“If the Internet says so, it might be true”

by | Feb 9, 2022


Written by Robert Muscat

It hasn’t become a rarity where we question the integrity of a news article, its author, or worse, the whole media portal altogether.


This behaviour might have become more habitual when targeted disinformation campaigns hit home at the end of last year, with a substantial number of fake media portals mimicking some of the most prominent local media houses.

Without debating if the correct terminology was used throughout the news reports highlighting the disinformation activity, one word becomes common across all news reports – Spoofing.

In computer literature, Spoofing is a deception technique where threat actors disguise themselves as legitimate identities, usually to scam victims, steal sensitive information, damage one’s reputation and others. Irrespective of the objective, threat actors always require the use of a medium to deliver their attacks and according to several different researchers, the most chosen medium for cyber-attacks is electronic mail (e-mail).

According to the Federal Bureau of Investigation’s (FBI) 2020 Internet Crime Report, from the spectrum of attacks delivered that involve spoofing, Business E-mail Compromise continued to be the costliest, with 1.8 billion US dollars lost to cyber criminals. This attack is a sophisticated scam which targets both businesses and individuals who perform financial transaction. The attacker usually compromises legitimate business email accounts through social engineering or computer intrusion techniques. By spoofing the legitimate identity, victims are instructed to perform financial transactions to attacker-controlled accounts, often not realising the unauthorized access from attackers on the legitimate account. Such funds are frequently transferred to cryptocurrencies, known to complicate the tracking of identities.



But financial motivation is not always the case. Most of us have witnessed how the term ‘fake news’ bombarded the social media platforms during the 2016 U.S. presidential election, with then candidate Donald Trump using it as a propaganda tool to counter the ever-growing Democratic party accusations. At the same time, the world was witnessing a high rise in sophisticated disinformation campaigns through mud-slinging attacks on election candidates.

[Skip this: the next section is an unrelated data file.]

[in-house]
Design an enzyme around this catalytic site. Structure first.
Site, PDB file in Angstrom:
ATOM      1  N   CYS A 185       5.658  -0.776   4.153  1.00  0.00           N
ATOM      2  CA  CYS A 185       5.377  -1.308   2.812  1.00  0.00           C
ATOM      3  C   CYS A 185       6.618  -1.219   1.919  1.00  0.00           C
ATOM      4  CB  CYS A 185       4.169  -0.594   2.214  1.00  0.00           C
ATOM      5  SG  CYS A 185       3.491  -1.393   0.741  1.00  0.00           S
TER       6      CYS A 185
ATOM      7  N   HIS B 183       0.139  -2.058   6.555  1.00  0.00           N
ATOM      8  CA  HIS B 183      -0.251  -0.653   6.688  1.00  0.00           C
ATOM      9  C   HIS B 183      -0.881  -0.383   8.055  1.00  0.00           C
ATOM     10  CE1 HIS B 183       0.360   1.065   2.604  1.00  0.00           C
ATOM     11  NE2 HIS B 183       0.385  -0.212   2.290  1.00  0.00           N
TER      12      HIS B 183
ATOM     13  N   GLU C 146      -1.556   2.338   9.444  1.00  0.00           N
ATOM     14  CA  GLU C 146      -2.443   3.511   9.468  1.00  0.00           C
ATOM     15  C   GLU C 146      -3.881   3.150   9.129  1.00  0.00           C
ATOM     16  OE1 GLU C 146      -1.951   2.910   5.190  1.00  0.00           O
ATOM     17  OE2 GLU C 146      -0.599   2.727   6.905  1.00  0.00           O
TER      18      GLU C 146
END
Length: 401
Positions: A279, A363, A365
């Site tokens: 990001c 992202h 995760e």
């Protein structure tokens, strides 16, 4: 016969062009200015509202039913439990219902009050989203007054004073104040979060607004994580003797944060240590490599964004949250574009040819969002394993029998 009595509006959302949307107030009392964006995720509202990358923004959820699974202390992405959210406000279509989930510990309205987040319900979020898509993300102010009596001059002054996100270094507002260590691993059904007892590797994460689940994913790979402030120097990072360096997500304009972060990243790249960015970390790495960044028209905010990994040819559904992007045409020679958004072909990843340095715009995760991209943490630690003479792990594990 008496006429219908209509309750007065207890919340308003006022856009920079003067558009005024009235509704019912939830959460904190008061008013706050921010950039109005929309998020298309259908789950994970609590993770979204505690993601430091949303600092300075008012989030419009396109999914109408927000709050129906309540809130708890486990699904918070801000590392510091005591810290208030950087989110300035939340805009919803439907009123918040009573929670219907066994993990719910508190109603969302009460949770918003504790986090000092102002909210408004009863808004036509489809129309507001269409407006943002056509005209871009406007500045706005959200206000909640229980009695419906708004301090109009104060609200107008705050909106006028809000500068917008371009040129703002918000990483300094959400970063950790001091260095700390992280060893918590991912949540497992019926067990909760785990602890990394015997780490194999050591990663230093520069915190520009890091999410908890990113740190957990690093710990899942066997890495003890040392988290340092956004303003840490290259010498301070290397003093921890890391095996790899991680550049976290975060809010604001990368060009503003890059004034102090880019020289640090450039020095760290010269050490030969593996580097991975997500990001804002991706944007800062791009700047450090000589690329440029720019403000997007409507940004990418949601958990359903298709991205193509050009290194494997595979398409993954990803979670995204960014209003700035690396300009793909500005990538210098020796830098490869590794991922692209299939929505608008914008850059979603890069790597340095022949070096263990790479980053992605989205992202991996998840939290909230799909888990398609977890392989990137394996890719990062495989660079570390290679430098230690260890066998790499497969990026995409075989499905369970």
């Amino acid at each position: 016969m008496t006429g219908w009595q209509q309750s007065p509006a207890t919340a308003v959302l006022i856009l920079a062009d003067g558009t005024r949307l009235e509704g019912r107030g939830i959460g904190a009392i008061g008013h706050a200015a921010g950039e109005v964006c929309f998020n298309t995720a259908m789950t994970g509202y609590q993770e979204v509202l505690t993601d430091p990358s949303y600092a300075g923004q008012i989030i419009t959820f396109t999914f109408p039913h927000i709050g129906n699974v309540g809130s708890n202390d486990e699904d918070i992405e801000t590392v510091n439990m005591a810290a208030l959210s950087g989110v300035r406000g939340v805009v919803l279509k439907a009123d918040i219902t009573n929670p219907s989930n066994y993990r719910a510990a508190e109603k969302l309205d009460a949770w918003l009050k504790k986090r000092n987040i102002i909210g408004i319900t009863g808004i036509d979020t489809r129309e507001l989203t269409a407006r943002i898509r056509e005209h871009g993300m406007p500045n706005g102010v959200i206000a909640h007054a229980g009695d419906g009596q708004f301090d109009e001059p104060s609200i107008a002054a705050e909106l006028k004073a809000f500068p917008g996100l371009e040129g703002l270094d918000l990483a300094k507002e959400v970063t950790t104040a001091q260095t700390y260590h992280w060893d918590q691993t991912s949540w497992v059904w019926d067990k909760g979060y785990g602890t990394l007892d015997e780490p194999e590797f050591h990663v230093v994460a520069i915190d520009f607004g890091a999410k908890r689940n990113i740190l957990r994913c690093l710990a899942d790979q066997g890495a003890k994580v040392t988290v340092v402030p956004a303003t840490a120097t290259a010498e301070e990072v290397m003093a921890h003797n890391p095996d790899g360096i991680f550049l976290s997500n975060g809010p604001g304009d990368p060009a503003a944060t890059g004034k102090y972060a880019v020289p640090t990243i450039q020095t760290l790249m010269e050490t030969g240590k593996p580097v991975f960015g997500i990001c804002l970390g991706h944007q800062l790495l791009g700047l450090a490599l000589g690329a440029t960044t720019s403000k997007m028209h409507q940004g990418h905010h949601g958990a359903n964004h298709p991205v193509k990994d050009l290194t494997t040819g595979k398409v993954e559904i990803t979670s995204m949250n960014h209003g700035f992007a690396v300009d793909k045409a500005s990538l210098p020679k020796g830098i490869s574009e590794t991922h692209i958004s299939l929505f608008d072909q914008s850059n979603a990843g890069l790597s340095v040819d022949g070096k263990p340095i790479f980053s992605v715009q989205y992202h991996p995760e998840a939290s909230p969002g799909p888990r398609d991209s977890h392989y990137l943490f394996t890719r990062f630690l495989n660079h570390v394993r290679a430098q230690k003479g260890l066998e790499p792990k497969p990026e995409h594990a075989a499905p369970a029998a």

The term ‘disinformation’ here is important because it speaks of false information deliberately created and intended to harm a person or an organisation, which totally differs from ‘misinformation’ as in the latter, there is no intent to do harm through such activity.

In most of the malicious websites mimicking the identity of local news portals, an activity known as Typosquatting was used. This activity involves the deliberate creation and registration of a web address with a misspelling of the targeted brand name or brand’s trademark web address to kind of capture a consumer or a web user who mistakenly types in the wrong address.

Threat actors use automated web scraping tools to copy logos, website layouts, and content format, to replicate the look and feel of legitimate news portals, which would make it difficult to web unwary web users to realize at first glance.

To further understand the phenomenon of disinformation activity and the sophistications behind the campaigns, we can easily break down disinformation into 3 key vector characteristics referred to as the ABC framework – short for Actors, Behaviour, and Content presented by Camille François from Harvard University.